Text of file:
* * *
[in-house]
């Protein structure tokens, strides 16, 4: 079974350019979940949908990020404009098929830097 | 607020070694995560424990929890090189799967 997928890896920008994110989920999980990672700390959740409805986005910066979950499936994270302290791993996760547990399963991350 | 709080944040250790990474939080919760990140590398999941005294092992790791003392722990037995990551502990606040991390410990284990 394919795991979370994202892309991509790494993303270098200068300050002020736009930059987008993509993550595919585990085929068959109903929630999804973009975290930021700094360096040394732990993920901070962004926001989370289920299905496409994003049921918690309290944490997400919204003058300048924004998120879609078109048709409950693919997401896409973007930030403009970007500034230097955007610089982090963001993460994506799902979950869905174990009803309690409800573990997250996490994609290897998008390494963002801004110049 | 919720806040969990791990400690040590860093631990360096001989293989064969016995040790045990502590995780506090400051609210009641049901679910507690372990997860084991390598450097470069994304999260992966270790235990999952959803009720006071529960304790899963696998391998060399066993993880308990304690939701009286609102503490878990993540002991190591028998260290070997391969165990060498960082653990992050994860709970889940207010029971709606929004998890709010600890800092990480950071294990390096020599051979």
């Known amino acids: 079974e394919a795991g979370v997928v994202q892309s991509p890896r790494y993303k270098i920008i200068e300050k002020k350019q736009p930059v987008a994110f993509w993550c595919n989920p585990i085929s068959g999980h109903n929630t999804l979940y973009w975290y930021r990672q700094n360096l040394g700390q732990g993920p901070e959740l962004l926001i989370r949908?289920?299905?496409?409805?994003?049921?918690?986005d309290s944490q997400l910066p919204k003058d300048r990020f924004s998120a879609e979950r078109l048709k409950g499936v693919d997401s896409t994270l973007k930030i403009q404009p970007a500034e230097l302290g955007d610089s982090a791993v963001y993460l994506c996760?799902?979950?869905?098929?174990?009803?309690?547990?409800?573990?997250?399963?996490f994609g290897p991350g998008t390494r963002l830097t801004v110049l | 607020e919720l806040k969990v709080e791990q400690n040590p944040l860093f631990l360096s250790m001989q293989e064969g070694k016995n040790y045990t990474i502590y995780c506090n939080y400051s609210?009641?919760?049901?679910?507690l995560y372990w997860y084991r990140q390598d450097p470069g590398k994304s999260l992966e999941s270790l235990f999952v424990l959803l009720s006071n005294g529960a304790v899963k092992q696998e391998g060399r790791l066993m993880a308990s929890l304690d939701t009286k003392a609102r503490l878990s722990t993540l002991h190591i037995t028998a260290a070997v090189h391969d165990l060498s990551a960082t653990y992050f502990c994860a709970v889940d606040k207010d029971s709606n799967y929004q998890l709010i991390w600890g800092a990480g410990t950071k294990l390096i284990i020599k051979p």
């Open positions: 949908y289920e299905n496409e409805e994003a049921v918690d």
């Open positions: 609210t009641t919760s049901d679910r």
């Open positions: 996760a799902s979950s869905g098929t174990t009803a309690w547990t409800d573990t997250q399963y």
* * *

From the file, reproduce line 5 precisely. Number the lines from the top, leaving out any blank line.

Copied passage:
């Open positions: 609210t009641t919760s049901d679910r």